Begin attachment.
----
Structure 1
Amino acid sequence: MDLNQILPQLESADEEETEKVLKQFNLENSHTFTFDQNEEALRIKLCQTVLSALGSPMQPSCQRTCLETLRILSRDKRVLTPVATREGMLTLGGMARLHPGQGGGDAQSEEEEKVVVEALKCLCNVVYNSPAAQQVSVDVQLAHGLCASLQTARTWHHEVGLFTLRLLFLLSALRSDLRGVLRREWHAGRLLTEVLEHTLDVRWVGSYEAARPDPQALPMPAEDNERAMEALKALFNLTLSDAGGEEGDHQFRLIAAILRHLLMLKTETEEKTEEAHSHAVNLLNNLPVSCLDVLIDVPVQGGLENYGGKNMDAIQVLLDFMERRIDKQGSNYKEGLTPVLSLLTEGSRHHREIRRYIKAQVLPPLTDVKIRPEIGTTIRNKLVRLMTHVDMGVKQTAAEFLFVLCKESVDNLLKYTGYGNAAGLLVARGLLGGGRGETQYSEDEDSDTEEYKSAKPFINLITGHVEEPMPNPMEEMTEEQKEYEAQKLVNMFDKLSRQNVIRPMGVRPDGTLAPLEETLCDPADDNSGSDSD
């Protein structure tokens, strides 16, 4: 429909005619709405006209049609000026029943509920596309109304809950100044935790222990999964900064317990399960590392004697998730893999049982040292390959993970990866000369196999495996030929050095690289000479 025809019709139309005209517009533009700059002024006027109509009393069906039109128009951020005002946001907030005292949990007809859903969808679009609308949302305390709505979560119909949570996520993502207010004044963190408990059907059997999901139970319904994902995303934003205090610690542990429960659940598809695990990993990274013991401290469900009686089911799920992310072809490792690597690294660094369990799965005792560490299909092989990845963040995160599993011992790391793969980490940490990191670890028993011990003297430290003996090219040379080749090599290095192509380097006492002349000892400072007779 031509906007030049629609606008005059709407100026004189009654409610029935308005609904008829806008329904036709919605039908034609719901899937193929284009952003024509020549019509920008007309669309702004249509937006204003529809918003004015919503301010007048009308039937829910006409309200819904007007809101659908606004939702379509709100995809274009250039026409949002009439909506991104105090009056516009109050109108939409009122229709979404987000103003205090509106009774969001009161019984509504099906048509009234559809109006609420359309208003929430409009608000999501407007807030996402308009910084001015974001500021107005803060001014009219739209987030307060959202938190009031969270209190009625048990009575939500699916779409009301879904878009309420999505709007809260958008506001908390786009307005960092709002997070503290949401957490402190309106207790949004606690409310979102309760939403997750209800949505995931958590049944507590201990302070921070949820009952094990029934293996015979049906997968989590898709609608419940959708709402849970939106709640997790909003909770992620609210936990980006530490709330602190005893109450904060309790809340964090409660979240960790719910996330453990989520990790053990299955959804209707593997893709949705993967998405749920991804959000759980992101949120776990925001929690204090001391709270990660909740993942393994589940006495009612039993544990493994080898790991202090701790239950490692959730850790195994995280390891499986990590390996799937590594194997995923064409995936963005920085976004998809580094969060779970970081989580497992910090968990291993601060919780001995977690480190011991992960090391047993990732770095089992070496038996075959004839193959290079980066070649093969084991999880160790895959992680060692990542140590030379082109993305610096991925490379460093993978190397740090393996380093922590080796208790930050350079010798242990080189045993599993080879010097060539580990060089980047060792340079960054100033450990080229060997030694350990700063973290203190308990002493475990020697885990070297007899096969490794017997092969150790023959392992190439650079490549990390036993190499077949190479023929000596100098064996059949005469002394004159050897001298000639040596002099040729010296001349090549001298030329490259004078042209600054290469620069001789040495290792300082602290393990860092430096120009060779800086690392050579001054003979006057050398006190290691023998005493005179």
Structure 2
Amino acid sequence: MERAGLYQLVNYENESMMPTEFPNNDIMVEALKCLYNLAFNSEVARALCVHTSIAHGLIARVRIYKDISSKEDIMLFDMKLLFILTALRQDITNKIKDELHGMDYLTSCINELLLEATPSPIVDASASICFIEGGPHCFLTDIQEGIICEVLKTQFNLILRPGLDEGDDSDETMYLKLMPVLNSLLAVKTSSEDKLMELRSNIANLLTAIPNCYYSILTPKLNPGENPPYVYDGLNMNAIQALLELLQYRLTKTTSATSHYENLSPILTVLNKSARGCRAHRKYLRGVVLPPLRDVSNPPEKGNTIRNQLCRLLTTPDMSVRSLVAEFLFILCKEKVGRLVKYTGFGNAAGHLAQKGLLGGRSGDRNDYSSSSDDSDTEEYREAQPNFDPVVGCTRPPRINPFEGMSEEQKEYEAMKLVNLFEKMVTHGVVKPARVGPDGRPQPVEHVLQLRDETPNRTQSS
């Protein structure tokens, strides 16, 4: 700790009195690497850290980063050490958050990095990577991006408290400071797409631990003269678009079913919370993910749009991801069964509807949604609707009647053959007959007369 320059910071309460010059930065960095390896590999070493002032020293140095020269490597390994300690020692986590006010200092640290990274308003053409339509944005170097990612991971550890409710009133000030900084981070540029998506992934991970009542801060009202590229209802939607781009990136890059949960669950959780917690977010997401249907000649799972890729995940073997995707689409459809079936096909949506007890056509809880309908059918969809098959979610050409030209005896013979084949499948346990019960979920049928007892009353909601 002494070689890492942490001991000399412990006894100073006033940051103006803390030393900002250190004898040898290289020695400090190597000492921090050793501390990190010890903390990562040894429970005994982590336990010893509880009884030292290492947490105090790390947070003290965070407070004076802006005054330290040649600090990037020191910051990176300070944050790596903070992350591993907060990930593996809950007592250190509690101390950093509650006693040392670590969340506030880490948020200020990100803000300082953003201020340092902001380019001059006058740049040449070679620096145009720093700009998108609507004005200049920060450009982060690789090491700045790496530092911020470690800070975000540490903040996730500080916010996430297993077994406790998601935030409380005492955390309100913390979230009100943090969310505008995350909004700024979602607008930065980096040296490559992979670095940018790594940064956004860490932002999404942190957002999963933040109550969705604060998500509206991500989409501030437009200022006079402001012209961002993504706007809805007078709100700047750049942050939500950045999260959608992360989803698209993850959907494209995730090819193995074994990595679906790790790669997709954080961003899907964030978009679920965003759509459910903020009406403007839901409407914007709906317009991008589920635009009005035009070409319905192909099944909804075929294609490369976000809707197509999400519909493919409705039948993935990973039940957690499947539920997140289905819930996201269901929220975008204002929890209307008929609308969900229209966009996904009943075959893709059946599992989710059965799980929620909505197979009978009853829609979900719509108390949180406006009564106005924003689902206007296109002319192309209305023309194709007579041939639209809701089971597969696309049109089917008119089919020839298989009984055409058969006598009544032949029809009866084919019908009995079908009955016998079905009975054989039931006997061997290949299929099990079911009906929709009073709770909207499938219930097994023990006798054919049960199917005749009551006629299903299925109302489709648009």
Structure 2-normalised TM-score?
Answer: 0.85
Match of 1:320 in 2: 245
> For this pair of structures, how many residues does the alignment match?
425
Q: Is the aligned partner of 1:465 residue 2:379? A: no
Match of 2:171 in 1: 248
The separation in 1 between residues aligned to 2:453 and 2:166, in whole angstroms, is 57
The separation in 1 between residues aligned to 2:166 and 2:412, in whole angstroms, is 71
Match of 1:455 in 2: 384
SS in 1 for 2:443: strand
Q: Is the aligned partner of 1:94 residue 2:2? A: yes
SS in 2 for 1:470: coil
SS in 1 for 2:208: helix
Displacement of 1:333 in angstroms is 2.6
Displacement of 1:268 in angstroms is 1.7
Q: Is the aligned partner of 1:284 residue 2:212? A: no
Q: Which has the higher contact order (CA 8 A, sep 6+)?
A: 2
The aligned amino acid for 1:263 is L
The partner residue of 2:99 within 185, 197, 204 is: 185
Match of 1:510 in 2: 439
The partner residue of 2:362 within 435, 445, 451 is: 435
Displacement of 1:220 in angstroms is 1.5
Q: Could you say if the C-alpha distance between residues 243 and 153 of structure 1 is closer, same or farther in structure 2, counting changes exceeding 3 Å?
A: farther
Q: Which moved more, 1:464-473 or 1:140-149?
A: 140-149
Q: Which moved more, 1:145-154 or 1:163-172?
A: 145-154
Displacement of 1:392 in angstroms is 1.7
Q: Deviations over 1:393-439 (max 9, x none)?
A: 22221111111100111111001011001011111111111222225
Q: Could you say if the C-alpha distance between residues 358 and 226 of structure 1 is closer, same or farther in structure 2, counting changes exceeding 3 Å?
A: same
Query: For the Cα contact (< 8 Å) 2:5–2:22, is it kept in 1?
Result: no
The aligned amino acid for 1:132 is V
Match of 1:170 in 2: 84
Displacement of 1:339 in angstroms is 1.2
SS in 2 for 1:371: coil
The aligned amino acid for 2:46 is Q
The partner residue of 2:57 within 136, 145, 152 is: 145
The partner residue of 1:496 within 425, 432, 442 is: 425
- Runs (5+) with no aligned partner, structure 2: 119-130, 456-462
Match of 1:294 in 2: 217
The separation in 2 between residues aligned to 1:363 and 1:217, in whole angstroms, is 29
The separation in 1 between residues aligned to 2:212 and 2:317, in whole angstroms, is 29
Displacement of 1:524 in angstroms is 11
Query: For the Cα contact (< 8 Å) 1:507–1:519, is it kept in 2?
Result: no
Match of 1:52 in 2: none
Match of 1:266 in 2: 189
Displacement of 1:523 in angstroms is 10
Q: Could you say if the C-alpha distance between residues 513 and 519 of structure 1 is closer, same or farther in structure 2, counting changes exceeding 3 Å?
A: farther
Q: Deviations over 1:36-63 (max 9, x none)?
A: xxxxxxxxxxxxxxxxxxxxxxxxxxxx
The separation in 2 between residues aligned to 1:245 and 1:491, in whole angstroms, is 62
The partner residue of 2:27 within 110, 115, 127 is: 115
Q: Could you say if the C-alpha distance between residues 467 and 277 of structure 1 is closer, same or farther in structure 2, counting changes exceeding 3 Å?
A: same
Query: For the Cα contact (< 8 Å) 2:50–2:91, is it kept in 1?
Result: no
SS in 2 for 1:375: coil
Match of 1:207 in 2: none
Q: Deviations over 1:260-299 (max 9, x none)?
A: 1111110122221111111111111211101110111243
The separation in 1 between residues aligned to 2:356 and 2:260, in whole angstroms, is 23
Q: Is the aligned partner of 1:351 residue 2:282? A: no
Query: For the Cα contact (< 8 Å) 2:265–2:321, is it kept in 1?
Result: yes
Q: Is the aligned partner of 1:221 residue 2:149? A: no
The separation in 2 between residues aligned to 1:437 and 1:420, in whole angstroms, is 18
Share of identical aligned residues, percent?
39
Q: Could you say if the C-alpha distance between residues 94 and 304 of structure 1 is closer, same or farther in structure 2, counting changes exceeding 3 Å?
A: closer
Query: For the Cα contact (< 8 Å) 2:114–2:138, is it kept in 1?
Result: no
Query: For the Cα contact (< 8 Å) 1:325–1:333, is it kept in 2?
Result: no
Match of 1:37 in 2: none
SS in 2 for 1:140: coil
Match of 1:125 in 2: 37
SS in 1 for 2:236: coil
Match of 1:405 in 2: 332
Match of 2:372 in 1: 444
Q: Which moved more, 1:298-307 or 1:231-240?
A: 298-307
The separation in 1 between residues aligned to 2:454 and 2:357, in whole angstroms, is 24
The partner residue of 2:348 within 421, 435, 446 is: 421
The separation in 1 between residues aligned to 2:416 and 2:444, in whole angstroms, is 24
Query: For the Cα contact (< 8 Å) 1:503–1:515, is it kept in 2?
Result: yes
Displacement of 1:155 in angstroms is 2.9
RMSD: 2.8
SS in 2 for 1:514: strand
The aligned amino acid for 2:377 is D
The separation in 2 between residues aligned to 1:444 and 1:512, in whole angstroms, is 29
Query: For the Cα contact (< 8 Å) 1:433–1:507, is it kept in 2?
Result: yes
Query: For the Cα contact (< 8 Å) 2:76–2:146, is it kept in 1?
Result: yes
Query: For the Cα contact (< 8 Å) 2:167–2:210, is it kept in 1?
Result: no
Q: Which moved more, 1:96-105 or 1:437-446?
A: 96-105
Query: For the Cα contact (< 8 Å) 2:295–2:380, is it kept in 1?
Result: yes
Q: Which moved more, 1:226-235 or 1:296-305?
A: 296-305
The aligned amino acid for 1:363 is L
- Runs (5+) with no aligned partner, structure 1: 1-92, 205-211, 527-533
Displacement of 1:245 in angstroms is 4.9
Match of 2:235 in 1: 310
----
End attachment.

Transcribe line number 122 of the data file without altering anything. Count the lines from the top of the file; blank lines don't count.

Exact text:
Match of 2:235 in 1: 310